I once spent over four hours looking for the best deal on a new TV. It was only later that I considered that the money I’d saved hardly made up for the time I’d wasted — time that I'll never get back.

The same goes for earning money. Every minute we spend trying to make money is a minute we can’t use to do something else — it’s gone forever.

Trading Time for Money

Most people work between 70,000 and 80,000 hours over the course of their careers, but even that doesn’t account for all the time they spend because they have to work. The average American commutes 52 minutes to and from work each day. That’s about 8,700 hours over the course of a typical career. All told, you’re spending more than a year of your life doing something you wouldn’t have to do if you didn’t have to earn money to survive.

Even these stark numbers don’t tell the whole story.

The average American works 34.4 hours a week. If we add in time for commuting, that’s about 38.7 hours. There are 168 hours in a week, so after you subtract about 56 hours for sleeping, that leaves 73.3 hours.

That sounds like a lot — more than double what you spend working in a week — but consider that not all hours are created equal. Studies have shown that we're most alert and energetic early in the day, but that’s the time we’re usually working. By the time we get off the clock, we’re usually so tired or run-down from working all day and commuting that we don’t want to do anything except sit on the couch. This is why the average American watches 5.4 hours of TV a day.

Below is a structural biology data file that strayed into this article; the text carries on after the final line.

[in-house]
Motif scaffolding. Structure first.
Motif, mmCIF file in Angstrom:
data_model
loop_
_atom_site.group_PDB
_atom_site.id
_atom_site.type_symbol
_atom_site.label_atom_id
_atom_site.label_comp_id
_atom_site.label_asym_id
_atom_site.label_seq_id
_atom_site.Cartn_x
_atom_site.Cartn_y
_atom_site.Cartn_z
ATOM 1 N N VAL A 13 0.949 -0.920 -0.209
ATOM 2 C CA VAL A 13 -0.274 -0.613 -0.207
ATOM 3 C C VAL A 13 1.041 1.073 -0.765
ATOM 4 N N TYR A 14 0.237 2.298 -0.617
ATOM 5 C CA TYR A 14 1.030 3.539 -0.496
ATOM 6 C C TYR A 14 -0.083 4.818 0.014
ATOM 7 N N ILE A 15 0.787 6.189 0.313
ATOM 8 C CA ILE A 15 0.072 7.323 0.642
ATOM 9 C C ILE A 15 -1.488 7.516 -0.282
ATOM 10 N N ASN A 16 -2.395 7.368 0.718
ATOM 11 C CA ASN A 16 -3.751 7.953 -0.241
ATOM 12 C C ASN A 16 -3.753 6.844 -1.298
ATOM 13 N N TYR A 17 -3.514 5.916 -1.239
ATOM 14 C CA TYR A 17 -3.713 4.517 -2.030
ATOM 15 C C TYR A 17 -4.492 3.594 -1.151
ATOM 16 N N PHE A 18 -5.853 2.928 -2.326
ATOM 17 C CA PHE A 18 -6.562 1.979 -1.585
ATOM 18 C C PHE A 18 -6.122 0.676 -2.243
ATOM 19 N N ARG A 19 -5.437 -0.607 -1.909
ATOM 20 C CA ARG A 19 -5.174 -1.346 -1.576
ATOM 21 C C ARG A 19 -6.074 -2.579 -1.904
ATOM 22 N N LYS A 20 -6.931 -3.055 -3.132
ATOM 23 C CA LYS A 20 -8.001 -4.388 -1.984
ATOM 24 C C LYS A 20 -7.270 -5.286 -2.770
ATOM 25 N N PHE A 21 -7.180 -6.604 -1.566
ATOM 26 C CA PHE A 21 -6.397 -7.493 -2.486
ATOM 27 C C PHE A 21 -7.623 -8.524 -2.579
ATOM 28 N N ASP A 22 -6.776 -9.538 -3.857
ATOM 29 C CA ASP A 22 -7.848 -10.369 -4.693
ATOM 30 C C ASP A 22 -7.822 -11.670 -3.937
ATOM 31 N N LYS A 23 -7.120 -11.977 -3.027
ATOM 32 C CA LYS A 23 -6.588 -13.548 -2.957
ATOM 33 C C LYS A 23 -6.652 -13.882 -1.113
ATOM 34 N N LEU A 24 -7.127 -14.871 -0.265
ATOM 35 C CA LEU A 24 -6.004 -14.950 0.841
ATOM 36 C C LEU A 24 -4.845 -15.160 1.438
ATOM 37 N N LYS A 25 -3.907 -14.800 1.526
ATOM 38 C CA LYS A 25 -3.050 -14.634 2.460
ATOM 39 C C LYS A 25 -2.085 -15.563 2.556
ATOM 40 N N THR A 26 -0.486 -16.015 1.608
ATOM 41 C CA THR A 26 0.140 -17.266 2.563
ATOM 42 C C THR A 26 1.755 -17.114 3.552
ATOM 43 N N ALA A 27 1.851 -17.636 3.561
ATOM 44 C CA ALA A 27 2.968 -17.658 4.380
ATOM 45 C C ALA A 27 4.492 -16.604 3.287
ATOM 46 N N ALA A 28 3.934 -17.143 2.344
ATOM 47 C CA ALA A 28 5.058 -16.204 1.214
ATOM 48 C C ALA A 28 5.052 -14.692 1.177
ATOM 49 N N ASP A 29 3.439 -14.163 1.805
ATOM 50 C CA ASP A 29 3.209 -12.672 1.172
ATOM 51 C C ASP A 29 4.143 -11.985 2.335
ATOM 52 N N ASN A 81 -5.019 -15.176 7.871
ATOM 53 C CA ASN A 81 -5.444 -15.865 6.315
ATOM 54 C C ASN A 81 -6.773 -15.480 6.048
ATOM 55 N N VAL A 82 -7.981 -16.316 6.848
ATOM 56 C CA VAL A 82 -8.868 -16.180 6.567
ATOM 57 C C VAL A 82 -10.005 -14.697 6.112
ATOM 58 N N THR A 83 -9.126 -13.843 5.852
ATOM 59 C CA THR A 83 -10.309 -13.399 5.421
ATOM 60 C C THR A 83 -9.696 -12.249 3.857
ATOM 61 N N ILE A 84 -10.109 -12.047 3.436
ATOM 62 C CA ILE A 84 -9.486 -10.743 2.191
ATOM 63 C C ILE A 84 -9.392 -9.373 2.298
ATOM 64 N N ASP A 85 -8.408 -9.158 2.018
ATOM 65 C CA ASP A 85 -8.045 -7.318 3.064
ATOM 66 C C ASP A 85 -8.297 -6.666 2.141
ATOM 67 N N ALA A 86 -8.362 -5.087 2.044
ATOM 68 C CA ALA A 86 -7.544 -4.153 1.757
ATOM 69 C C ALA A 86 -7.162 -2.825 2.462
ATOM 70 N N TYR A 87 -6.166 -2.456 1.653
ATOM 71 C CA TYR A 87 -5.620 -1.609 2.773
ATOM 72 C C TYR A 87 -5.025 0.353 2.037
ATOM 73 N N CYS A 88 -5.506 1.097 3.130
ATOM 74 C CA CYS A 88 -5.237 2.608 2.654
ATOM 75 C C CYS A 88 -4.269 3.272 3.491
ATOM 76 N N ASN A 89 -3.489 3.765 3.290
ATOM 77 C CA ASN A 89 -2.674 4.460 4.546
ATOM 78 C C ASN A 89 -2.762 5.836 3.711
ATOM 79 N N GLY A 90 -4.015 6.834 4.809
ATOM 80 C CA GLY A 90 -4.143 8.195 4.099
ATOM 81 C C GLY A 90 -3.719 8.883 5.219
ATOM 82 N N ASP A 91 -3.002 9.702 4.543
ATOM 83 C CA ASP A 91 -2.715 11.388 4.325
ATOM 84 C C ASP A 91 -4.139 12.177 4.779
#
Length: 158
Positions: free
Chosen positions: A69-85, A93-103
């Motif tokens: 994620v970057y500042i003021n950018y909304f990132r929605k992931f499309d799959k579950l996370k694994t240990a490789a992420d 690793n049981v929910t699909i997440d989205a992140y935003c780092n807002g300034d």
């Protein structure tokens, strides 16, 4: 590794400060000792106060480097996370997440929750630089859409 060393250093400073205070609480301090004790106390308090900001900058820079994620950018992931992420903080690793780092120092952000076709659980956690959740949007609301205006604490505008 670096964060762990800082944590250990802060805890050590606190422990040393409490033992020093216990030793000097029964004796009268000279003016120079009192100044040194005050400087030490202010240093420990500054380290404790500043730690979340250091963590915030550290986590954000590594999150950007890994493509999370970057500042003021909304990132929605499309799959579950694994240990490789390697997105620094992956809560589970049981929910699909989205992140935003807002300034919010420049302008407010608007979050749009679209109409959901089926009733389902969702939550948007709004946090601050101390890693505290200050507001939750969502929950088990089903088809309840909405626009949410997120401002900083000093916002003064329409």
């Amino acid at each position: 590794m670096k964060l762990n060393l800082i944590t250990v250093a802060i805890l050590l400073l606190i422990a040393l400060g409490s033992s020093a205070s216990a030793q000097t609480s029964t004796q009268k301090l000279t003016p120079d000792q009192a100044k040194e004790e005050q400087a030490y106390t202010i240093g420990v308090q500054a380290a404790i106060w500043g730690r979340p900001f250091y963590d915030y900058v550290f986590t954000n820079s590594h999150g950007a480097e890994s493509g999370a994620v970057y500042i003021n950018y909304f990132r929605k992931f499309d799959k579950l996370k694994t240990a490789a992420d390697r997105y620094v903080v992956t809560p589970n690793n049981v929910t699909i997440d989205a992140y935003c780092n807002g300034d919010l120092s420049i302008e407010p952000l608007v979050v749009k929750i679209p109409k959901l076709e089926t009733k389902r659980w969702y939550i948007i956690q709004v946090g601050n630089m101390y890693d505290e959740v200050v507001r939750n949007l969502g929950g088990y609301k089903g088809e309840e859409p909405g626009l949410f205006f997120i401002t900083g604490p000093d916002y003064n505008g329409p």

Sure, we have weekends, but how often do you spend those running around trying to catch up on all the errands and chores you didn’t get to during the week?

Time is money and money is time.The point is, you are trading the best hours of your week and your life for a paycheck.

I’m not anti-work; in fact, I like working. Humans need to work to be happy. But like time, not all work is created equal. There's a huge difference between working at a job you hate, being stuck at a desk or on the clock for 40 or more hours a week, and doing work you love and are passionate about, on your own time, and having the freedom to do something else if you want to.

The same trade-off occurs when you look at your life as a whole. You typically have more energy and are healthier in your twenties, thirties, and forties than you are later in life. But if you have to spend those decades working for money, then you’re not taking full advantage of this time.

From a financial standpoint, if you gradually save a small percentage of your income over the course of 40+ years, you’re wasting time that your money could use to grow. When you invest money in the stock market, it grows in value over time because (on average over the long term) it earns returns every year. If you’re saving only 5% to 10% of your annual income each year over the course of several decades, you’re not giving your money nearly as much opportunity to compound as you would if you invested more earlier in your life.